Monday, July 4, 2022
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DC Recycling in Practice: What Goes Where


Residential and commercial waste production is a constant process happening at a mind-blowing scale in cities. And how we collectively treat what are in our wastebaskets is indisputably critical to sustain our environment. Learning what, and not, to do therefore is key to good citizenship in Washington, D.C. as much as it is anywhere else on the planet.

Today, the U.S. is home to nearly 40 million more people than it was at the start of the new millennium. And it’s not only our number that has swollen over time. So did the number of things we think we need and accordingly procure. The result is a dramatically higher amount of waste generation every year.

In this article, we will provide a brief guide for the growing need of recycling in the nation’s capital, but let’s first understand the whole topic in its true context.

Market for Recyclables Contracts   

Not many of us think of it as much every time we place an item into one of those blue bins but there is a significant market for recyclables in the world. The problem is there used to be a much greater one and the competition among municipalities across the U.S. and beyond is now stiffer.

In the past, China alone was able to purchase almost every last American recyclable and what many local administrations did for years was simply ship them away as they would any other commodity in return for financial gains.

Today, however, the Chinese are much more concerned about contamination and have become extremely selective in what they pay for.

And because the global market for recyclables has contracted while we produced more waste each year, it has become clear that we now have to do more of the job ourselves. That’s how expansive Material Recovery Facilities (MRFs) started to be built across the nation.

Blue Bin vs. Black Bin

In the District, there are basically two kinds of bins — a blue one for recyclables and a black one for non-recyclables — at the disposal of the city’s residents.

From single-family homes and residential buildings with three or fewer living units, the Department of Public Works (DPW) collects recyclables once a week and non-recyclables either once or twice per week.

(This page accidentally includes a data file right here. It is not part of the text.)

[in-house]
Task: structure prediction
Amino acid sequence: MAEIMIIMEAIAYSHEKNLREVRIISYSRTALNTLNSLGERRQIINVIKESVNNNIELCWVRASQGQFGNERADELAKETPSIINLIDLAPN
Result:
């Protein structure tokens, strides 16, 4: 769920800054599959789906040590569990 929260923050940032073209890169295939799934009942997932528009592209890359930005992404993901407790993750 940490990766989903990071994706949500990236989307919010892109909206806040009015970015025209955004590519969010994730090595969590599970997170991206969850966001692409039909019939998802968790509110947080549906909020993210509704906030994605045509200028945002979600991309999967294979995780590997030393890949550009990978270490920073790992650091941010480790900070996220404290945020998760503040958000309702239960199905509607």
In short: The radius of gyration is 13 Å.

Apartment buildings with four or more units, as well as mixed-use residential/commercial buildings and commercial properties, must contract for their own trash/recycling collections services.

Is Everything Recoverable?

The answer to that question is, at least for now, a simple “No.” The D.C. Government has a Zero Waste program in place but even there “zero” doesn’t really mean zero.

Right away, it acknowledges that an unfortunate 19 percent of the “recyclable” items — not to mention everything else in the black trash bins — became residue in 2018. The program’s goal is to reach an 80 percent waste diversion rate — the percentage of waste diverted away from incinerators — by 2030.

And the latest available official figure (23 percent in 2017) suggests that we are way behind where we want to be in the near future.

To do its best, however, the DPW takes all recyclables to either Fort Totten or Benning Road transfer stations first. They then go to Elkridge MRF, a private recycling enterprise in Maryland, where they are sorted, aggregated into bales and then sold to whoever was the next to buy them. The leftovers simply end up in giant furnaces.

What Is Recyclable & What Is Not?

Regardless of whatever is to happen to them at the end, all unused items should always be disposed of properly. And the number one rule of recycling is that litter won’t help anyone any time anywhere. So, authorities encourage all residents to participate, to the best of their ability, in the city’s recycling program.

In order to enable their good intentions, the DPW has provided an online What Goes Where tool. With it, all residents need to do after cleaning and emptying their unused items is to type what they are in the search bar and learn where they belong. They then could just leave their recyclables loose in the proper blue bins.

In general, however, the following four rules are also not too hard to memorize:

  • All sorts of paper except tissues are recyclable.
  • All plastics except bags, foam containers, straws & utensils are recyclable.
  • Metals except paint cans are recyclable.
  • Everything that is made up of glass except light bulbs is recyclable.

Beware! These Are Neither Trash, Nor Recyclable

So, roughly speaking, everything that is paper, plastic, metal or glass except the few main items listed above is recyclable and belongs in the blue bin.

However, there are also several other things that are neither trash nor recyclable. They are what the authorities call “Hazardous Household Waste.” When improperly disposed of, they can cause severe costs to human life and the environment.

Residents should drop the following items off at the Fort Totten Transfer Station themselves.

  • Electronics.
  • Batteries.
  • Home care chemicals such as drain cleaners and paint.
  • Automotive care products such as fuel, motor oil, anti-freeze liquids.
  • Poisons such as rodenticides, pesticides and herbicides.
  • Fluorescent light bulbs.
  • Prescription medications.
  • Needles and other sharp items.

Have Fun Learning What to Put Where

To end this article on a rather uplifting note, it will be good to mention that the DPW has an online waste sorting game. It is a great tool to test and improve your knowledge on the issue and also educate your little ones on how to contribute to their city and the environment. It’s so much fun, as well. Go ahead and play, what’s your excuse?

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